It’s now less than a week before the second part of my summer cinematic extravaganza takes place. (In case you missed it, the first part was my Inception / Toy Story 3 double bill at the IMAX, and it was a thing of rare beauty and joy.) But all my prep is done; the hire car to get me to and from some Tube station at the end of the Central line is booked, my T-shirts, one of which is custom made, have all now arrived, I have my ticket for one of the Saturday night previews as well, and all there is left to do is to sit back and wait for the excitement to start.
In the expectant pause between now and then, I’ve found myself wondering exactly what I’m getting myself into. I don’t mean that in a bad way, but one thing that struck me reading this article about audience reactions at Screen Rant this morning made me realise that I’ve always missed a little of the American brashness at the cinema – us Brits can be a little too reserved sometimes. Sure, I’m no fan of loud popcorn munching, mobile phones or discussing what you had for breakfast in a stage whisper, and the cinema experience is usually better without distractions. But sometimes it’s the investment of those around you that really makes the experience and sets it apart from watching on even a good home cinema set-up.
The opening movie is The Expendables. I’ve been looking forward to this all summer long, and even more so after the relative disappointments of The Losers and The A Team, its two nearest cousins in this summer’s entertainment. But although it’s not getting the best reviews at present, what gives me hope is the audience I’ll be seeing it with, especially after this Guardian article’s recommendation on how to see it.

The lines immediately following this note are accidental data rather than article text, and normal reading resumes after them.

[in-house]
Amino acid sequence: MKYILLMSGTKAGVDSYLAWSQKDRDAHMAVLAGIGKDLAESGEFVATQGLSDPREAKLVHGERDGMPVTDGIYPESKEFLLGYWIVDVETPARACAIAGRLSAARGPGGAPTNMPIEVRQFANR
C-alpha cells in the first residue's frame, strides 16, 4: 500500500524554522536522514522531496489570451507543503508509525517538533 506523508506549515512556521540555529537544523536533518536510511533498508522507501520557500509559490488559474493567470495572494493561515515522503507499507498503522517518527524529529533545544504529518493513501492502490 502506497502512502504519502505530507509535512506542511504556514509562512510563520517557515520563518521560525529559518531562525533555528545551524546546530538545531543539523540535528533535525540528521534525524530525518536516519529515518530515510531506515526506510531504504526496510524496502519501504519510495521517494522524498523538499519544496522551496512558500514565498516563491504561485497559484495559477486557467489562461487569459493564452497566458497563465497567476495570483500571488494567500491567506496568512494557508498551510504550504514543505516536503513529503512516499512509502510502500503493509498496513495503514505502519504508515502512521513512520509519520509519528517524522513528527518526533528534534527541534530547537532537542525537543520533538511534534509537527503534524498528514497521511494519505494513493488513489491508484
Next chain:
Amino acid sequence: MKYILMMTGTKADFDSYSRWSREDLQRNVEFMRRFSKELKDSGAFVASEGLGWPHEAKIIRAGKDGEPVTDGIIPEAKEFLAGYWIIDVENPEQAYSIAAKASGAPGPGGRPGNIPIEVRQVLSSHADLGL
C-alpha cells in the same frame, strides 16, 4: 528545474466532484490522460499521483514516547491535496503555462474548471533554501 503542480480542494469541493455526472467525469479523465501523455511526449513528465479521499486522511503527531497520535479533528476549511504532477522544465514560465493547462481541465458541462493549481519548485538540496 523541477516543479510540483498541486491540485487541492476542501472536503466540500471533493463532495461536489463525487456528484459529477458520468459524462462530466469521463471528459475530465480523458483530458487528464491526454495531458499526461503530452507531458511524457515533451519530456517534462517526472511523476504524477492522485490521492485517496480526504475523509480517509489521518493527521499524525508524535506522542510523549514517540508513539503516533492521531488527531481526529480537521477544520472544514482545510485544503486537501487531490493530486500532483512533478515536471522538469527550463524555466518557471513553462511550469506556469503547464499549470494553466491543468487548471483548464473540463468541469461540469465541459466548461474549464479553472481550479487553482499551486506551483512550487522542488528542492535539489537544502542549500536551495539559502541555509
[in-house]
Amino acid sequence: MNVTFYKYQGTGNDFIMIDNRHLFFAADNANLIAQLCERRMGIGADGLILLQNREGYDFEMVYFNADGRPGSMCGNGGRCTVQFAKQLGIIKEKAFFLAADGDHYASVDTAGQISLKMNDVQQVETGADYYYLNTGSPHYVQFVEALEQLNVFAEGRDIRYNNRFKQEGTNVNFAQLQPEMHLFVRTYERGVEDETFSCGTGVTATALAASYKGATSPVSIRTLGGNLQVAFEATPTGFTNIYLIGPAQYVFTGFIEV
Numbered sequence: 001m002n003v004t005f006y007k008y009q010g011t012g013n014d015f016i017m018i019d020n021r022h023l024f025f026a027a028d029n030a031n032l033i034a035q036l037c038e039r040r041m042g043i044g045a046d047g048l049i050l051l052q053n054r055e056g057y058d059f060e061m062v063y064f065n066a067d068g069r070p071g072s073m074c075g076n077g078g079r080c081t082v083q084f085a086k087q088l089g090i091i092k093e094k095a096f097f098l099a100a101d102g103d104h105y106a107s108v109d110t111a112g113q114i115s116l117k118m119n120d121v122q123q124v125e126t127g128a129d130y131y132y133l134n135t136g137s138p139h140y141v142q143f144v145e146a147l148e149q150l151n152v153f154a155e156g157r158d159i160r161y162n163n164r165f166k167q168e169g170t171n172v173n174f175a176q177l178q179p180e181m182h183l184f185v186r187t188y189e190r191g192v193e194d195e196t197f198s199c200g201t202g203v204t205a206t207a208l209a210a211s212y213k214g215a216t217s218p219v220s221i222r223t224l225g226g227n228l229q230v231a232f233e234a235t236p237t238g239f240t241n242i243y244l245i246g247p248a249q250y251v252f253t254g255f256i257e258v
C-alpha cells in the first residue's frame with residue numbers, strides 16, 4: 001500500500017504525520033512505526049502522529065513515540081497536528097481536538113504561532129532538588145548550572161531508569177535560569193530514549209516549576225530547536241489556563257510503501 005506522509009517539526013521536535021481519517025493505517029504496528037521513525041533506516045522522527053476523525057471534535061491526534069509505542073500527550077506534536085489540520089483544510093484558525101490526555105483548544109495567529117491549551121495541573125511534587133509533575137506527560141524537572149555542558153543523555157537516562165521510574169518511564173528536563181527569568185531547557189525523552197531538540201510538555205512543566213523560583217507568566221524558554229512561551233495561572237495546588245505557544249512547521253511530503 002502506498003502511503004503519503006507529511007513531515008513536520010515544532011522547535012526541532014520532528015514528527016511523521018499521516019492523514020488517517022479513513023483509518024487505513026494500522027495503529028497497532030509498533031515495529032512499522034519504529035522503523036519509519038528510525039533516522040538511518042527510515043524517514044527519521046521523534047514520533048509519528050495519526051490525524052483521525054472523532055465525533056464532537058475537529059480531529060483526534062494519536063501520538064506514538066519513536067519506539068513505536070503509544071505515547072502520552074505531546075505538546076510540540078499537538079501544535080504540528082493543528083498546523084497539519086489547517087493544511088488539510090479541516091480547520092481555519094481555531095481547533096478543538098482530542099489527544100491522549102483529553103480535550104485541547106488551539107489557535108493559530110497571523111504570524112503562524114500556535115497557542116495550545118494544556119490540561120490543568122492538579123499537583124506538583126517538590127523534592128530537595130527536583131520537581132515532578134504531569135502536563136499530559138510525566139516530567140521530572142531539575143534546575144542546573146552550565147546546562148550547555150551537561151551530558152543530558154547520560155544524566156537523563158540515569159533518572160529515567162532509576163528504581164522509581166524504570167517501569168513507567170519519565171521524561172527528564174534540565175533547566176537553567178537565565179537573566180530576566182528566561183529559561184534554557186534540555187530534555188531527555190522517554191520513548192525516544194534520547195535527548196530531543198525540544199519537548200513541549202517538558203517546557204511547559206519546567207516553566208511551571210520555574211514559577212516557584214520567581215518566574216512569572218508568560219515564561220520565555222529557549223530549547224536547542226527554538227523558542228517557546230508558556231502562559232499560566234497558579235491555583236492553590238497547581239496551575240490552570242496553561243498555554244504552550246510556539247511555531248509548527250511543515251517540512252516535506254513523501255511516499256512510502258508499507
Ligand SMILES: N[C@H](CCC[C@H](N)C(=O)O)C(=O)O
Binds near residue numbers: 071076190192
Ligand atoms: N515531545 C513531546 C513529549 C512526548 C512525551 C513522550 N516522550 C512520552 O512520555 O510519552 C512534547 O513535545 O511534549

The Review: Having grown up in a seaside town myself, I can sympathise with the characters trapped in this Norfolk caravan park to a certain extent. And for two teenagers with nothing much else to get up to, a life of mischief and troublemaking is probably the default option when all else fails. Still, snacks and a magazine from a mother’s shop isn’t the end of the world – until the daughter then goes missing, and emotions and recriminations start spilling out.
Thomas Turgoose has, mainly thanks to Shane Meadows, been carving out a niche as the go-to person if you need a disaffected and slightly confused looking young actor for your British film (see also Eden Lake). Here he brings that slightly confused persona as David and works it very effectively, providing a centre for the story to revolve around, but always with that story feeling as if it’s half a step ahead of him.
But of the other performances, it’s Holliday Grainger as the boisterous Emily who steals the show. Her Emily has David hanging on her almost every word, so when she decides to plan her disappearance, there’s little surprise when David is such a willing accomplice. But not everything is as it first seems, and as the revelations unfold, each of the characters in turn gets a chance to show their true colours. Of those, Rafe Spall does well with a one-note role, but most of the rest of the characters are merely cyphers, designed to move the plot along.
As the movie nears its conclusion, matters take a much darker turn and what started out as a bit of fun in the Norfolk sun ends up as anything but. However, while the general plot and overall performances support these turns well, the final choices of David’s character do feel slightly more motivated by a need to take the plot to certain places, rather than genuinely stemming from the character. What you’re left with is a much darker character study than first expected, but one which carries much more emotional power as a result.
Why see it at the cinema: The other attendees at the screening I went to were all in the over 60 age bracket; I’ve not seen that many older people staggering dazed and confused from the cinema since I went to a matinée of Seven. (Am I a bad person for thinking that’s a good thing?)
The Score: 7/10